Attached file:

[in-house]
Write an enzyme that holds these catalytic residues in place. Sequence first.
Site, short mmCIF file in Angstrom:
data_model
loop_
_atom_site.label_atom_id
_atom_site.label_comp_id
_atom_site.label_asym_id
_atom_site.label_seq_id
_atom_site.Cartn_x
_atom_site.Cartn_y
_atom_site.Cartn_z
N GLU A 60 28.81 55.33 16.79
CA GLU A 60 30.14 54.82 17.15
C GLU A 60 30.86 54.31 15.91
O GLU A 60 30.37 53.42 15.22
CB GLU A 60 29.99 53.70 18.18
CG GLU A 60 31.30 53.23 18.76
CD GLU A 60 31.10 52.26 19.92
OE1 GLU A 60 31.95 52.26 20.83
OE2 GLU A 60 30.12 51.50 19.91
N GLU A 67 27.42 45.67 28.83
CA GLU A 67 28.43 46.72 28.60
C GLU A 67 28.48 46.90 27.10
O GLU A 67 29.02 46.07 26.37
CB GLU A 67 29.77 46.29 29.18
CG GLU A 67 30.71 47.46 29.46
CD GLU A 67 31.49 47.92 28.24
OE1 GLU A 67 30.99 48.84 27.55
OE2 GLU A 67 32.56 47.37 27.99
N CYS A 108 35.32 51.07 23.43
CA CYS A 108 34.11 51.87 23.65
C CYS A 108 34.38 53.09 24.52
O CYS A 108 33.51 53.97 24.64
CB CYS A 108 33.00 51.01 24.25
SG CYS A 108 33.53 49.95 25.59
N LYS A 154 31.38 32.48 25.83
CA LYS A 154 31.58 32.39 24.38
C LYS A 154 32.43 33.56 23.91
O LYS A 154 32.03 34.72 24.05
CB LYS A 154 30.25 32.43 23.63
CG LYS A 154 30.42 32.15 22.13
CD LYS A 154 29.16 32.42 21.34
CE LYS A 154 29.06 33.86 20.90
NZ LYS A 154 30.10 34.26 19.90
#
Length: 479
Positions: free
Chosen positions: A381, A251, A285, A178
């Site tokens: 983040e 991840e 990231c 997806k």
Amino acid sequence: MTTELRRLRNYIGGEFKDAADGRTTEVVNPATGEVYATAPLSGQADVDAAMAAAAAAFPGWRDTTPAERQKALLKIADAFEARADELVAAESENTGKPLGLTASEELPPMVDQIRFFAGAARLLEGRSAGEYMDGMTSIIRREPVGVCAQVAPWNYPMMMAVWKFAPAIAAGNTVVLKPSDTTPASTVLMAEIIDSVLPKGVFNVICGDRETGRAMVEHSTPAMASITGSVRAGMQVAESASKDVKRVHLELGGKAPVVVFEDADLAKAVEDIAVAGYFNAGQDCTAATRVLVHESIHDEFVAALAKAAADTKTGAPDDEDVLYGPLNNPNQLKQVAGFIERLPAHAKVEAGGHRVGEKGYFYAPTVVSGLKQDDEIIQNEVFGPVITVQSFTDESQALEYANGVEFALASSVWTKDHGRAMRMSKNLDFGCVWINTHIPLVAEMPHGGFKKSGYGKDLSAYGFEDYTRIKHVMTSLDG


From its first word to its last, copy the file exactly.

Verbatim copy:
[in-house]
Write an enzyme that holds these catalytic residues in place. Sequence first.
Site, short mmCIF file in Angstrom:
data_model
loop_
_atom_site.label_atom_id
_atom_site.label_comp_id
_atom_site.label_asym_id
_atom_site.label_seq_id
_atom_site.Cartn_x
_atom_site.Cartn_y
_atom_site.Cartn_z
N GLU A 60 28.81 55.33 16.79
CA GLU A 60 30.14 54.82 17.15
C GLU A 60 30.86 54.31 15.91
O GLU A 60 30.37 53.42 15.22
CB GLU A 60 29.99 53.70 18.18
CG GLU A 60 31.30 53.23 18.76
CD GLU A 60 31.10 52.26 19.92
OE1 GLU A 60 31.95 52.26 20.83
OE2 GLU A 60 30.12 51.50 19.91
N GLU A 67 27.42 45.67 28.83
CA GLU A 67 28.43 46.72 28.60
C GLU A 67 28.48 46.90 27.10
O GLU A 67 29.02 46.07 26.37
CB GLU A 67 29.77 46.29 29.18
CG GLU A 67 30.71 47.46 29.46
CD GLU A 67 31.49 47.92 28.24
OE1 GLU A 67 30.99 48.84 27.55
OE2 GLU A 67 32.56 47.37 27.99
N CYS A 108 35.32 51.07 23.43
CA CYS A 108 34.11 51.87 23.65
C CYS A 108 34.38 53.09 24.52
O CYS A 108 33.51 53.97 24.64
CB CYS A 108 33.00 51.01 24.25
SG CYS A 108 33.53 49.95 25.59
N LYS A 154 31.38 32.48 25.83
CA LYS A 154 31.58 32.39 24.38
C LYS A 154 32.43 33.56 23.91
O LYS A 154 32.03 34.72 24.05
CB LYS A 154 30.25 32.43 23.63
CG LYS A 154 30.42 32.15 22.13
CD LYS A 154 29.16 32.42 21.34
CE LYS A 154 29.06 33.86 20.90
NZ LYS A 154 30.10 34.26 19.90
#
Length: 479
Positions: free
Chosen positions: A381, A251, A285, A178
């Site tokens: 983040e 991840e 990231c 997806k």
Amino acid sequence: MTTELRRLRNYIGGEFKDAADGRTTEVVNPATGEVYATAPLSGQADVDAAMAAAAAAFPGWRDTTPAERQKALLKIADAFEARADELVAAESENTGKPLGLTASEELPPMVDQIRFFAGAARLLEGRSAGEYMDGMTSIIRREPVGVCAQVAPWNYPMMMAVWKFAPAIAAGNTVVLKPSDTTPASTVLMAEIIDSVLPKGVFNVICGDRETGRAMVEHSTPAMASITGSVRAGMQVAESASKDVKRVHLELGGKAPVVVFEDADLAKAVEDIAVAGYFNAGQDCTAATRVLVHESIHDEFVAALAKAAADTKTGAPDDEDVLYGPLNNPNQLKQVAGFIERLPAHAKVEAGGHRVGEKGYFYAPTVVSGLKQDDEIIQNEVFGPVITVQSFTDESQALEYANGVEFALASSVWTKDHGRAMRMSKNLDFGCVWINTHIPLVAEMPHGGFKKSGYGKDLSAYGFEDYTRIKHVMTSLDG